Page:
My menu: Pork chops with orange juice on a bed of white beans–a well-tested, simple, one-pot dish–and cheery pumpkin soup to start.

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Comfort food for a cold, frosty morning.

(I love seeing the whited fields when I get up).

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Panic set in while doing my exercises–a half-hour of bleary-eyed stretching on rising.

Exercise releases not just tied up muscles; the mind involuntarily starts to whirr.

It’s all too heavy–needs a lighter touch!

Maybe I should go buy some quail and frisée lettuce and Roquefort cheese, the classic blue cheese–produced not far from here.

I’d bought the chops two days earlier and the beautiful orange/ red pumpkin .

I’d make the soup for lunch and there’d be plenty left over for the weekend.

It was well planned.

Whirr, whirr, whirr…

This is just silly last-minute panic–trust your instinct–it’s all you have!

Didn’t you buy the house on instinct–a whim almost?

Yes, I never had a moment’s doubt–the panic then was that the sale would not go through–the owner would have seller’s remorse.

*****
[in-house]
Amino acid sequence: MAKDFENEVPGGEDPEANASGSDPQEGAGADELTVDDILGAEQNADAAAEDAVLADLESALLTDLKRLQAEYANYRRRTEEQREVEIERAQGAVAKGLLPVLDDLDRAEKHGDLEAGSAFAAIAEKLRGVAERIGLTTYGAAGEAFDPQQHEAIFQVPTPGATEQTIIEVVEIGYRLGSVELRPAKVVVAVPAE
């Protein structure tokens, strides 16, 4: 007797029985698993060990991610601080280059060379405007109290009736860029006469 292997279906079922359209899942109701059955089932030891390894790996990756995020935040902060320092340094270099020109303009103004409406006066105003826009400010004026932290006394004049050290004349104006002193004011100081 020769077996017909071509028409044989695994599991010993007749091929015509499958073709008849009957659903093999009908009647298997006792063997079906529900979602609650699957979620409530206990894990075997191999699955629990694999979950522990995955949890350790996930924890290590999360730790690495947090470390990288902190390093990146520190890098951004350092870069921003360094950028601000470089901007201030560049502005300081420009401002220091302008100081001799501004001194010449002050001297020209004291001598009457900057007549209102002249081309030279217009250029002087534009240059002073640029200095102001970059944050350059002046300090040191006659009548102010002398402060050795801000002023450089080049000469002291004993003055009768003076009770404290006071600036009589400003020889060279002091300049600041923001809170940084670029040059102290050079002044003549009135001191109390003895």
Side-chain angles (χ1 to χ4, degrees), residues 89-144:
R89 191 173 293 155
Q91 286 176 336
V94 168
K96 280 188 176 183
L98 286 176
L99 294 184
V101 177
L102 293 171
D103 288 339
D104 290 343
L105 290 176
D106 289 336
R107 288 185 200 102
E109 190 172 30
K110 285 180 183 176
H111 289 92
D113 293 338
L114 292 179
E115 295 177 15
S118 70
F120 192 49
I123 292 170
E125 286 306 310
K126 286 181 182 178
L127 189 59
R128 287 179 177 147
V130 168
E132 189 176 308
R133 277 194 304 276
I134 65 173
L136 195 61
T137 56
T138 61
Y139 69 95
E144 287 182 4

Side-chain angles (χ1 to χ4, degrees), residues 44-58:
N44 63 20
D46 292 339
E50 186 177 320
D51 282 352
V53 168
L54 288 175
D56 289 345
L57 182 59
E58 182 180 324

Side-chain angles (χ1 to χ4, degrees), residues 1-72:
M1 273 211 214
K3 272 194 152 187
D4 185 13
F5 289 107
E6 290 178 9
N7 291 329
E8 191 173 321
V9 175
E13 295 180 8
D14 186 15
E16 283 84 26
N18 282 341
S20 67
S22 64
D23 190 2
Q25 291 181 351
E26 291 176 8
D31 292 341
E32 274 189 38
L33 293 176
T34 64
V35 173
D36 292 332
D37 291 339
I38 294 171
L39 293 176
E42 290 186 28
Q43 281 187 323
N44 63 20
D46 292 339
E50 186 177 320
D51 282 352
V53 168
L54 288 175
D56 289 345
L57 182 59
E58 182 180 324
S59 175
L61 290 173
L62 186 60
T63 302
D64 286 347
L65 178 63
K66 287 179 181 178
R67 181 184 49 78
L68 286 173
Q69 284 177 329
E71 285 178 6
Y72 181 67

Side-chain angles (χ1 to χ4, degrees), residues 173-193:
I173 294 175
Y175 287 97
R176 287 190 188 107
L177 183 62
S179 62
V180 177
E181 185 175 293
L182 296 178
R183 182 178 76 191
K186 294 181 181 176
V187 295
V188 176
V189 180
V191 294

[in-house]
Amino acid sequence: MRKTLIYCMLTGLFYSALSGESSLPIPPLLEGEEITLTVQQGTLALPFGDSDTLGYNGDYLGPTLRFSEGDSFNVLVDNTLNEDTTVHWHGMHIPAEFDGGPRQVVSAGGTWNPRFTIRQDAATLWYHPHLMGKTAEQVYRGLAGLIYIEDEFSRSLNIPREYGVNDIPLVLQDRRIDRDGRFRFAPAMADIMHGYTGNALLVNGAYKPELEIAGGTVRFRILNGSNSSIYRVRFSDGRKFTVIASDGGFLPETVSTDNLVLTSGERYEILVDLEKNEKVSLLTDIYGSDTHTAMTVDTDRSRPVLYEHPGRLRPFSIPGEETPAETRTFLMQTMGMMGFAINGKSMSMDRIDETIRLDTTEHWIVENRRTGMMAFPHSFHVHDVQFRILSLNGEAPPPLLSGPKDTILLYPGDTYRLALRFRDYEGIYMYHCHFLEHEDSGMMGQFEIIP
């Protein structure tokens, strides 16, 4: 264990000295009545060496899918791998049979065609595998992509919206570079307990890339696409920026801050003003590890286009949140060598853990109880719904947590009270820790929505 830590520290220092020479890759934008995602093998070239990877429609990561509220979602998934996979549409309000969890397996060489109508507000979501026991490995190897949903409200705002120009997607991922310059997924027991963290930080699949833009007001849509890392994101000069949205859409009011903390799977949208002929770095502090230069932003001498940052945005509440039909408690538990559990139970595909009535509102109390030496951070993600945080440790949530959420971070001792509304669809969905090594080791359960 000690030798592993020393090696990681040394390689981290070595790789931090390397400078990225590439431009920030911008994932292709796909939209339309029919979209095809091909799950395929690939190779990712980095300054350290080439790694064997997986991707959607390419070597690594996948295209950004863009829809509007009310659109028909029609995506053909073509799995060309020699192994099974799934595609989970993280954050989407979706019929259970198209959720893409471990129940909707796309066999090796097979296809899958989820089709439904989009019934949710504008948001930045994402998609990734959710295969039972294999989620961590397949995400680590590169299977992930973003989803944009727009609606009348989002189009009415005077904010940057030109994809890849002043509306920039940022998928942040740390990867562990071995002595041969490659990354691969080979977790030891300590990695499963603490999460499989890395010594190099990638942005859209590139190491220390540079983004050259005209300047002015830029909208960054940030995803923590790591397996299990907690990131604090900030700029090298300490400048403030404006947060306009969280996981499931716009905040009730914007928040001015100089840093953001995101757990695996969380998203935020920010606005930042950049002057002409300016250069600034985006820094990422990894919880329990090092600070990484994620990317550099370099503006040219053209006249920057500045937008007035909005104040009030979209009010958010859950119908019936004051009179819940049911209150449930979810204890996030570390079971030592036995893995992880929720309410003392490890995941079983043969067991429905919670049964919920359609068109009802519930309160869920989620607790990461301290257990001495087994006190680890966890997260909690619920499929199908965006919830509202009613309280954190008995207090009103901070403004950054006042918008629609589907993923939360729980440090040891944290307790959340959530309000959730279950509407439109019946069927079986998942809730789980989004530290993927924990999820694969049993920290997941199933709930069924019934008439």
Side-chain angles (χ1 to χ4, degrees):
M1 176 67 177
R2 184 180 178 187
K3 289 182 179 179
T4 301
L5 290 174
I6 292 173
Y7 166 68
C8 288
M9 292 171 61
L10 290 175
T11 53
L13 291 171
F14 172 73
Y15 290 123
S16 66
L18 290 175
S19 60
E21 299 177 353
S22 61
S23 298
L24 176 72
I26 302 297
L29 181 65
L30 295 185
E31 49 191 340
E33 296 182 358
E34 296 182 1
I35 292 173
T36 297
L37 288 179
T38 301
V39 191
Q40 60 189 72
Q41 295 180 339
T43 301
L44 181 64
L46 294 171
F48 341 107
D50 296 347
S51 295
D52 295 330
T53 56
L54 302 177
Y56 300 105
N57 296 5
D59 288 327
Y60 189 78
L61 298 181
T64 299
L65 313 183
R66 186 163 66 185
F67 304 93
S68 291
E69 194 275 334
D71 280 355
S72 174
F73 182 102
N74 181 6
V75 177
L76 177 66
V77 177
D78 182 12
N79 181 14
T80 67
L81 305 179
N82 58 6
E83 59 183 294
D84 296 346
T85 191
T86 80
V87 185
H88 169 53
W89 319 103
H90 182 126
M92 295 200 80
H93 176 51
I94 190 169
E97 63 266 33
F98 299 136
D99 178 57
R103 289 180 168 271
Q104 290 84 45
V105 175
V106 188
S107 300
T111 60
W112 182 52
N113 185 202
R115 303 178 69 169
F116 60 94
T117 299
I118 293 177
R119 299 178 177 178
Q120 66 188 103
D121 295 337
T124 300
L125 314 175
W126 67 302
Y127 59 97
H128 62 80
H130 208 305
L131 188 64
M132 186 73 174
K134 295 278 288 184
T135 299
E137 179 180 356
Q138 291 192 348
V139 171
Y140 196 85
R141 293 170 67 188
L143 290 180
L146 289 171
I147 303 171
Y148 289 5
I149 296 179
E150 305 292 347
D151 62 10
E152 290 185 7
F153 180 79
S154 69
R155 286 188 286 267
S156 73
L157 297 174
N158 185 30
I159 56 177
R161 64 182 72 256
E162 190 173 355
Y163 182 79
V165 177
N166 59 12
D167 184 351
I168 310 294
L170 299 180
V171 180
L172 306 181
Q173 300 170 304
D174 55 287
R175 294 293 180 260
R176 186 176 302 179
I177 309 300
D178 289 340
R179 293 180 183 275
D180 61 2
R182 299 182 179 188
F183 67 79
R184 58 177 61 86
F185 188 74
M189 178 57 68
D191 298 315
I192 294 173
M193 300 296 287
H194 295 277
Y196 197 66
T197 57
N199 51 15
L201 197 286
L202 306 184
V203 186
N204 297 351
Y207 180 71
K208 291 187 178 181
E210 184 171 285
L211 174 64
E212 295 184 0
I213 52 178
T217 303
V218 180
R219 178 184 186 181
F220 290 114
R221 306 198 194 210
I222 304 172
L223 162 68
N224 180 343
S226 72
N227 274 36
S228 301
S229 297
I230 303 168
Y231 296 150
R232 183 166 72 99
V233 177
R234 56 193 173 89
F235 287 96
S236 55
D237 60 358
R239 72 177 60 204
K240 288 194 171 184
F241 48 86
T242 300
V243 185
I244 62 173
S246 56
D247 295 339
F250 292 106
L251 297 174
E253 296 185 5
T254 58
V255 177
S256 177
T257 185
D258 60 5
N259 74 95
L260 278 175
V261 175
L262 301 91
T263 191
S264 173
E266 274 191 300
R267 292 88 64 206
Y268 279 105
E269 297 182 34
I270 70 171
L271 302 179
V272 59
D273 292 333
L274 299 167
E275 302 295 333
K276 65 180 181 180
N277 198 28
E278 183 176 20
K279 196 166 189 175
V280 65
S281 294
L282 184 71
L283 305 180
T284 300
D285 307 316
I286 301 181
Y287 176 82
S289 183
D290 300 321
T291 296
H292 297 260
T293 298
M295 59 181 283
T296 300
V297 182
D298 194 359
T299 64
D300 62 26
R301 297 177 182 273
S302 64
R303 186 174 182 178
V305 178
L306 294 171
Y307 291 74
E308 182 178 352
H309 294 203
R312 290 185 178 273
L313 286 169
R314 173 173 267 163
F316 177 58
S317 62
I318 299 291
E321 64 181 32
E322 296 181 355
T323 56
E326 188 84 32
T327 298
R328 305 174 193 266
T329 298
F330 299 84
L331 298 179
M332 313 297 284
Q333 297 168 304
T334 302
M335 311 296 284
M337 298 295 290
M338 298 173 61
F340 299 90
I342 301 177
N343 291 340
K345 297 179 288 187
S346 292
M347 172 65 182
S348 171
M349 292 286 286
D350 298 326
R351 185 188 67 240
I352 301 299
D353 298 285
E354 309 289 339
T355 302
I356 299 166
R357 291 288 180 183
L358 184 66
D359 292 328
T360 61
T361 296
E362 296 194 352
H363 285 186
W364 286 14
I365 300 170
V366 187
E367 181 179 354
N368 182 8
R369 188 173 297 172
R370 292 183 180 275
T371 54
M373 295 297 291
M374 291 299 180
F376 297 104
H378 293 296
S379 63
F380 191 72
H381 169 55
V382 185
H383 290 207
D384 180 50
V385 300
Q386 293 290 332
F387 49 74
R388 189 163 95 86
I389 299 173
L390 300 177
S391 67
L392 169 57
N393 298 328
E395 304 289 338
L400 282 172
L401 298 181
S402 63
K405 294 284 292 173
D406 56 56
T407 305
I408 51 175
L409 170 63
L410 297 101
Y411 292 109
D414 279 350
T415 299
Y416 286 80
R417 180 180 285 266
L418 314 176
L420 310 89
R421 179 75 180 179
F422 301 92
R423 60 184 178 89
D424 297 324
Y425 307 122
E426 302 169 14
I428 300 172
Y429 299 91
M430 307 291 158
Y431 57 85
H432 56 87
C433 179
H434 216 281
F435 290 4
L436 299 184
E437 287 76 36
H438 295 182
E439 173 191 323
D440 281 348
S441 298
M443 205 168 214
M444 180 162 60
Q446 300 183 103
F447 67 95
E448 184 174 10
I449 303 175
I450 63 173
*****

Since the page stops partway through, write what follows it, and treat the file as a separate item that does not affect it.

Here we still are 27 years later.

The soup was welcomed and the pork and bean dish could have had more sauce–but was fine.

Footnote:

Meredith–as often happens–stole the show with her lemon soufflé.

 

 

 

Christmas is coming…

 

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I pass Gaby and Pierette’s farm on my daily walk and scurrying out of my path two days ago were a platoon of ducks and geese.

December the first today. They must be new arrivals in time for Christmas.

Les pauvres!

December the first….

DAY ONE, in the early 1950’s, on the advent calendar and the agonisingly slow build-up to the big day.

Sweet torture!

The decorations are up in our little village of Lautrec and outside Monoprix in the town of Castres, the little carrousel and its prancing horses is doing its rounds.